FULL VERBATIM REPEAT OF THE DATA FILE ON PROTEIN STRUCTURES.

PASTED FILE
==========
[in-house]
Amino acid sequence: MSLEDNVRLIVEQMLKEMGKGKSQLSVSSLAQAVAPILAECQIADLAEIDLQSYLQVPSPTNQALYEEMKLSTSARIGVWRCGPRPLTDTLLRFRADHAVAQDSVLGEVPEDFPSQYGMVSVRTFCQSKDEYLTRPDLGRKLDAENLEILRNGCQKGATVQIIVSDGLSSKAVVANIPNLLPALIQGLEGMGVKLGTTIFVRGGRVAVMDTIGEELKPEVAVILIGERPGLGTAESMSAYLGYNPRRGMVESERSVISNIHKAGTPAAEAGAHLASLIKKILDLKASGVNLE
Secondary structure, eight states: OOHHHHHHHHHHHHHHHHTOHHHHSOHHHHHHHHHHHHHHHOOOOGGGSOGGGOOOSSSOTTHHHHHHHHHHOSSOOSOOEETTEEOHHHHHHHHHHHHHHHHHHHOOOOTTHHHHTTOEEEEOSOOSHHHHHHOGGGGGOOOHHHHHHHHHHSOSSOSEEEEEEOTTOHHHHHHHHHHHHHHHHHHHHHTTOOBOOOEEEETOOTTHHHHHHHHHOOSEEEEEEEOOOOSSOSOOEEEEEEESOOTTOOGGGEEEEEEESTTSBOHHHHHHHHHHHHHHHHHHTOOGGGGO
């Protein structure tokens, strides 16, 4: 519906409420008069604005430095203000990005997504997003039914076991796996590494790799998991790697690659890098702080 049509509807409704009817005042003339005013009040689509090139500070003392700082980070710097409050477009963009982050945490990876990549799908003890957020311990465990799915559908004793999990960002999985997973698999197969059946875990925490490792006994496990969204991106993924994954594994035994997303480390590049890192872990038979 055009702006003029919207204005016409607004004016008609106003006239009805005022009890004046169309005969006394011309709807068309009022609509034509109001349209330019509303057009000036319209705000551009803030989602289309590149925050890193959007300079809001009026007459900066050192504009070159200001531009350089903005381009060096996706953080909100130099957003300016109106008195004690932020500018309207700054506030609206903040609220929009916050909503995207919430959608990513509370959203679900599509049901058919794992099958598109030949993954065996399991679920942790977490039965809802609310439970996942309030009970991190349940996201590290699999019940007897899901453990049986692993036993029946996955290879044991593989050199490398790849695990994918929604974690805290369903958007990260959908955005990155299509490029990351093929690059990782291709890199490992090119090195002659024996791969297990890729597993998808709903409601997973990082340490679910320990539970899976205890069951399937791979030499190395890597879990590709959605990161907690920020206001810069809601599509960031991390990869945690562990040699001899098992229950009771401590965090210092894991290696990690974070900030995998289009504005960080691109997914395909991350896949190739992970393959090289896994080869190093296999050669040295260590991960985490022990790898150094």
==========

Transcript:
[in-house]
Amino acid sequence: MSLEDNVRLIVEQMLKEMGKGKSQLSVSSLAQAVAPILAECQIADLAEIDLQSYLQVPSPTNQALYEEMKLSTSARIGVWRCGPRPLTDTLLRFRADHAVAQDSVLGEVPEDFPSQYGMVSVRTFCQSKDEYLTRPDLGRKLDAENLEILRNGCQKGATVQIIVSDGLSSKAVVANIPNLLPALIQGLEGMGVKLGTTIFVRGGRVAVMDTIGEELKPEVAVILIGERPGLGTAESMSAYLGYNPRRGMVESERSVISNIHKAGTPAAEAGAHLASLIKKILDLKASGVNLE
Secondary structure, eight states: OOHHHHHHHHHHHHHHHHTOHHHHSOHHHHHHHHHHHHHHHOOOOGGGSOGGGOOOSSSOTTHHHHHHHHHHOSSOOSOOEETTEEOHHHHHHHHHHHHHHHHHHHOOOOTTHHHHTTOEEEEOSOOSHHHHHHOGGGGGOOOHHHHHHHHHHSOSSOSEEEEEEOTTOHHHHHHHHHHHHHHHHHHHHHTTOOBOOOEEEETOOTTHHHHHHHHHOOSEEEEEEEOOOOSSOSOOEEEEEEESOOTTOOGGGEEEEEEESTTSBOHHHHHHHHHHHHHHHHHHTOOGGGGO
């Protein structure tokens, strides 16, 4: 519906409420008069604005430095203000990005997504997003039914076991796996590494790799998991790697690659890098702080 049509509807409704009817005042003339005013009040689509090139500070003392700082980070710097409050477009963009982050945490990876990549799908003890957020311990465990799915559908004793999990960002999985997973698999197969059946875990925490490792006994496990969204991106993924994954594994035994997303480390590049890192872990038979 055009702006003029919207204005016409607004004016008609106003006239009805005022009890004046169309005969006394011309709807068309009022609509034509109001349209330019509303057009000036319209705000551009803030989602289309590149925050890193959007300079809001009026007459900066050192504009070159200001531009350089903005381009060096996706953080909100130099957003300016109106008195004690932020500018309207700054506030609206903040609220929009916050909503995207919430959608990513509370959203679900599509049901058919794992099958598109030949993954065996399991679920942790977490039965809802609310439970996942309030009970991190349940996201590290699999019940007897899901453990049986692993036993029946996955290879044991593989050199490398790849695990994918929604974690805290369903958007990260959908955005990155299509490029990351093929690059990782291709890199490992090119090195002659024996791969297990890729597993998808709903409601997973990082340490679910320990539970899976205890069951399937791979030499190395890597879990590709959605990161907690920020206001810069809601599509960031991390990869945690562990040699001899098992229950009771401590965090210092894991290696990690974070900030995998289009504005960080691109997914395909991350896949190739992970393959090289896994080869190093296999050669040295260590991960985490022990790898150094």